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Every year I receive a Christmas card from a former favorite teacher who always says he hopes I’m thriving and flourishing. I always tell him that I am. For I believe that I have been blessed to have been around many folks I call my heroes for everyday living who have taught me the lesson of “thriveability.”
Like most people, I’ve led a “Dickens” of a life. When I read Charles Dickens’ words, “It was the best of times. It was the worst of times,” I often think that he was describing not only my life but all lives. I suggest you take some time to reflect on the trials and tribulations in your own life and how necessary they may be to the fullness and richness of your life now. As upsetting as these events may have been, ask yourself if they were not in some way essential in making your life more authentic, vibrant, meaningful and joyful.
Beyond blind optimism or trying to cling relentlessly to a forced positive attitude, I have come to understand that each of us has within us not only a physical immune system but also a powerful psychological immunity. This remarkable system is at the foundation of our innate thriving response, defined as total joyful immersion in the simplest aspects of our daily living. We can awaken to that inborn response, and those who have found it through their times of misery can help lead the way.
Only those who have learned to thrive through crises, or learned from those who have, can fully understand what it means to flourish and deeply savor every moment of their lives. You have untapped innate evolutionary strengths, made not only to carry you through any trauma but also to help you become stronger and elevated by it. Because of your natural “thriveability,” there is nothing that can happen to you that has to prevent you from experiencing a deeply meaningful and profoundly more joyful life.
For the last few months before her death, I visited a young woman suffering from pancreatic cancer. I always knew when I was close to her hospital room because of her unique and contagious giggle. I knew that she had died when there was no laughter coming from her room. It seemed as if someone had unplugged a wonderful music that resonated through the hospital walls. She had told me that every morning was a cause for celebration for those like her facing death.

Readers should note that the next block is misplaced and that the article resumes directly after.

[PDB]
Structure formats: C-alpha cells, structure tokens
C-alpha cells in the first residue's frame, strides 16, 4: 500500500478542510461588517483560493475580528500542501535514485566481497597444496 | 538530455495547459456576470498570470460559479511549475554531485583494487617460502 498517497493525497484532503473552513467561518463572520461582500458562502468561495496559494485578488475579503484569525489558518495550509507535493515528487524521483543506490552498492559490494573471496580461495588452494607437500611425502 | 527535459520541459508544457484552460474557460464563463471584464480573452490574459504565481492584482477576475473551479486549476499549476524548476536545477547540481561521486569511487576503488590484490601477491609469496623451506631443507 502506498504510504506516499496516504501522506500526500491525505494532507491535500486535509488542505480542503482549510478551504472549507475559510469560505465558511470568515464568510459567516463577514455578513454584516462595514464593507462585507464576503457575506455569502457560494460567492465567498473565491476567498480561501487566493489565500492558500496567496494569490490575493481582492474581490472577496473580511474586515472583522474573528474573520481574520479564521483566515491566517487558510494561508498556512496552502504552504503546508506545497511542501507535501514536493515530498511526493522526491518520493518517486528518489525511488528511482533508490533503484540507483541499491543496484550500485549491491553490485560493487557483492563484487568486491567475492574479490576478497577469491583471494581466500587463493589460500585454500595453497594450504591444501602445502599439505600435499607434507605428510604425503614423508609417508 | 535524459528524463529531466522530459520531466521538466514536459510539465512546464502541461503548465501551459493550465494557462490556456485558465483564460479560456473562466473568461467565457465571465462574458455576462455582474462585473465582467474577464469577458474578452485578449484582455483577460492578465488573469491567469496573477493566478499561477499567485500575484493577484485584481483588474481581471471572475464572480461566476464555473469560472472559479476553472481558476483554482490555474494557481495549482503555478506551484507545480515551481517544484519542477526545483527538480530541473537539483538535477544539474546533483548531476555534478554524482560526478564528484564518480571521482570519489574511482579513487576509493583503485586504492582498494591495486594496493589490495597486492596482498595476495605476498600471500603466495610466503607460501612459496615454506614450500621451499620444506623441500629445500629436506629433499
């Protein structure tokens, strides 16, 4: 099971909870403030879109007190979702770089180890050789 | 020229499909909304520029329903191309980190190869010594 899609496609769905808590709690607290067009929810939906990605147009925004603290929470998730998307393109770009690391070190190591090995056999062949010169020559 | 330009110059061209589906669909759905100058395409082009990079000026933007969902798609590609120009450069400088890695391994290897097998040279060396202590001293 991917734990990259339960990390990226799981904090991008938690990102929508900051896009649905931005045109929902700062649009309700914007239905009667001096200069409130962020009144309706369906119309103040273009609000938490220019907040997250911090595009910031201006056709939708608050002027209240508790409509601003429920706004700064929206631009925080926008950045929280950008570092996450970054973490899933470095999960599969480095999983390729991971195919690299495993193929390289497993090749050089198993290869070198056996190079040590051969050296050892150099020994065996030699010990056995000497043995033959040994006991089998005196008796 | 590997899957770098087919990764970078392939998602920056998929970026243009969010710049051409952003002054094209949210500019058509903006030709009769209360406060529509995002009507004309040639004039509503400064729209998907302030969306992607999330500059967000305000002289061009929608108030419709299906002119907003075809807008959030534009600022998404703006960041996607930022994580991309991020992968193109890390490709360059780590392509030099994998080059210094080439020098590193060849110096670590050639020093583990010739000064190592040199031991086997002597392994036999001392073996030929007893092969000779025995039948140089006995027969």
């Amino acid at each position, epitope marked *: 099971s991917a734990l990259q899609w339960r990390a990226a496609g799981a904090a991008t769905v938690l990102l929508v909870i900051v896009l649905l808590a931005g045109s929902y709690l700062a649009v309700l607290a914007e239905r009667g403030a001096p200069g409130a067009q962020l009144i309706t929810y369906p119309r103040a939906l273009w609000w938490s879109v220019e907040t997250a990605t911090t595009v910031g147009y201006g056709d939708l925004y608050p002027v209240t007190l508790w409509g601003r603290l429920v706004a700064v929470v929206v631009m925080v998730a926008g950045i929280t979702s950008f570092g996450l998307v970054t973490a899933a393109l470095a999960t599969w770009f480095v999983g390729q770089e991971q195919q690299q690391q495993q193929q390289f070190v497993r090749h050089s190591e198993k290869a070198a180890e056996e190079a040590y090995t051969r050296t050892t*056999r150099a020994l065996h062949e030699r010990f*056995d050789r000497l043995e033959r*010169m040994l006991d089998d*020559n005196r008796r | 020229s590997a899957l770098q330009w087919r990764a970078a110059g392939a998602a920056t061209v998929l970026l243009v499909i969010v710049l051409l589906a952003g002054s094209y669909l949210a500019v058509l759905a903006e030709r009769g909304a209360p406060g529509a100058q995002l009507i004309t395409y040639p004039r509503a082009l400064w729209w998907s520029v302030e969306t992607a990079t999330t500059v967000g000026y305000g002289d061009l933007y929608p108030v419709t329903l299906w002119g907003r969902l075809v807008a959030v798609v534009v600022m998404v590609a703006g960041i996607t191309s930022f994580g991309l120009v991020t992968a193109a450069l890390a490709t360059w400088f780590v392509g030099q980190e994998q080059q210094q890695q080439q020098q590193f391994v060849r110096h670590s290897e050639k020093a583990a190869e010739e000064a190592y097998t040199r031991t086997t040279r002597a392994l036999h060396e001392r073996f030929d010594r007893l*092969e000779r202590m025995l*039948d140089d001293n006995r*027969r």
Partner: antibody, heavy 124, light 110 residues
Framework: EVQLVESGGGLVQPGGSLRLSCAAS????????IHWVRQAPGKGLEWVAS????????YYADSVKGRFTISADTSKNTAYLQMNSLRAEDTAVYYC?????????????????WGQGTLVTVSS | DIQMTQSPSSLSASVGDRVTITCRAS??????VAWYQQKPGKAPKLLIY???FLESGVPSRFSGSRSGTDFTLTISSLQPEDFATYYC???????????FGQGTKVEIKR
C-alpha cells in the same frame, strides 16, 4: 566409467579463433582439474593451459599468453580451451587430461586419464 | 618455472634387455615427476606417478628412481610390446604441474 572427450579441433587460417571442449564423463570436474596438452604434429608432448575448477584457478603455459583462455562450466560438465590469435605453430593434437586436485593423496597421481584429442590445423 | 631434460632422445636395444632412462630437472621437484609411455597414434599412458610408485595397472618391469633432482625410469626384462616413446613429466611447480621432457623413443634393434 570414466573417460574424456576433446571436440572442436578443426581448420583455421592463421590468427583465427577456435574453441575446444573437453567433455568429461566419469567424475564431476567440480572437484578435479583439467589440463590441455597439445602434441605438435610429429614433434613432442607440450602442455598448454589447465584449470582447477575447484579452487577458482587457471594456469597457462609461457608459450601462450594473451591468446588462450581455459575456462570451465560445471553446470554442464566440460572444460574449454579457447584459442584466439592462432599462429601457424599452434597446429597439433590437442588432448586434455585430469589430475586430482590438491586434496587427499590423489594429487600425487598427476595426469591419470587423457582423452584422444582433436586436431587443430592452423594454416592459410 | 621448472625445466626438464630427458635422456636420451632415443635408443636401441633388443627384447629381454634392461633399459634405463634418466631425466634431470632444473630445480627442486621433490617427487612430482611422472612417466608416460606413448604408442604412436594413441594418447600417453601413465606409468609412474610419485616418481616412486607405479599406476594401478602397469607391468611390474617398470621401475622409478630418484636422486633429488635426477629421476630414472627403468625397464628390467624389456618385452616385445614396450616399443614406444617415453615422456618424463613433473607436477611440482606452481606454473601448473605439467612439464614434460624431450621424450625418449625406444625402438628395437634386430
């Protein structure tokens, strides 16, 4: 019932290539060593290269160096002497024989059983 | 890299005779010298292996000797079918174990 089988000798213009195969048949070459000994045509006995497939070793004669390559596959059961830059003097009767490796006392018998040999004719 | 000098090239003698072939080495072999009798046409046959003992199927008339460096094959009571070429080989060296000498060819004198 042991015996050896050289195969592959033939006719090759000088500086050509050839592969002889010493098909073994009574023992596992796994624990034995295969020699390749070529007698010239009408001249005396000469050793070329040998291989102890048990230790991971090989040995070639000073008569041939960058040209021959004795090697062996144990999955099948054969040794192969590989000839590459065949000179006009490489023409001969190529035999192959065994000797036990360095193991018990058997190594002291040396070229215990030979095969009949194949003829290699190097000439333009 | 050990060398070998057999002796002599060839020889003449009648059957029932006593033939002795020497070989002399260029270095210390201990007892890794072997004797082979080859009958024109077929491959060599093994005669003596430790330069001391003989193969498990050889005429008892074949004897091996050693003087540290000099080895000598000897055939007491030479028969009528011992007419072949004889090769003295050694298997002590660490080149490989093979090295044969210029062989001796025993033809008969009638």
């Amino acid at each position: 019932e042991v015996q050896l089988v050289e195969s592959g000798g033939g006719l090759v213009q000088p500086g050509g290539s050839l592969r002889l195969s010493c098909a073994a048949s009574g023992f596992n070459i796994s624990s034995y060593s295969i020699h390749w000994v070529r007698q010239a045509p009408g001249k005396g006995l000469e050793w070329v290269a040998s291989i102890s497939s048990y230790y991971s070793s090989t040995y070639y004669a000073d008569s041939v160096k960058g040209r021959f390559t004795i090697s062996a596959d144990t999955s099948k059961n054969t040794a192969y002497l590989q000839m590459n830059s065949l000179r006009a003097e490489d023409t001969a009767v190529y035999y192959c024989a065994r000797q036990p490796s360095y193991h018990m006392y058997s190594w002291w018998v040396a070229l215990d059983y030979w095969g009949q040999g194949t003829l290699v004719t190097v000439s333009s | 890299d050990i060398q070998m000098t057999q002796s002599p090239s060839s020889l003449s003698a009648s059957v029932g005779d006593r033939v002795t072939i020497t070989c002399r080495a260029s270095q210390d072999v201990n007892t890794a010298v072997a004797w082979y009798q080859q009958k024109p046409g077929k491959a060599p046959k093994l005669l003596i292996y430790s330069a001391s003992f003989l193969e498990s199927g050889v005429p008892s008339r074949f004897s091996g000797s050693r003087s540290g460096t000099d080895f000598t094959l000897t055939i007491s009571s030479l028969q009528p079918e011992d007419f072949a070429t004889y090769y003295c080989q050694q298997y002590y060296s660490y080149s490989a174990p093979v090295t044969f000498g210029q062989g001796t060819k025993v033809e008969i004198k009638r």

This amazing woman had watched hours of tapes of comedians that her husband had made for her, and everyone would say how they could hear her laughing most of the day or late into the night. I noticed that nurses coming to and from her room would almost always have a smile on their faces. On my first visit to her room, she saw me looking at her high stack of videotapes.
“Those are my pain killers,” she said. “When I laugh, my pain is much less. You know what people say when they are laughing really hard, ‘Stop it. You’re killing me’? Well, for me, it’s the reverse. If I stop laughing, it will kill me. The pain is much worse when I’m not laughing.”
Research in positive psychology clearly shows that a hardy laugh does have pain-reducing and immune-enhancing capacities.
Her husband told me, “I swear that woman was invincible. She kept laughing up to the end. She really did die laughing. Just thinking about that goofy laugh of hers makes me smile again. I wish we had a tape of it to play to remind us of how it lightened the hearts that always seem so heavy.”
If life has handed you a dirty deal, it may also have handed you a new lease on life in the form of new goals, new meanings and an authentic feeling of being alive that you have not yet experienced. You may be ready to learn that your regrets about your past and worries about your future have caused you to lose sight of the present where happiness grows. You may be ready to learn what the new positive psychology is discovering: we all have the capacity not only to survive and recover from terrible crises, but to thrive and flourish more than ever because – as Oliver Hardy was fond of saying when Stanley Laurel led him into yet another catastrophe – you may be on the verge of going through “another fine mess.”
Bob Mueller is the vice president of development for Hosparus. The views expressed in this column are those of the writer.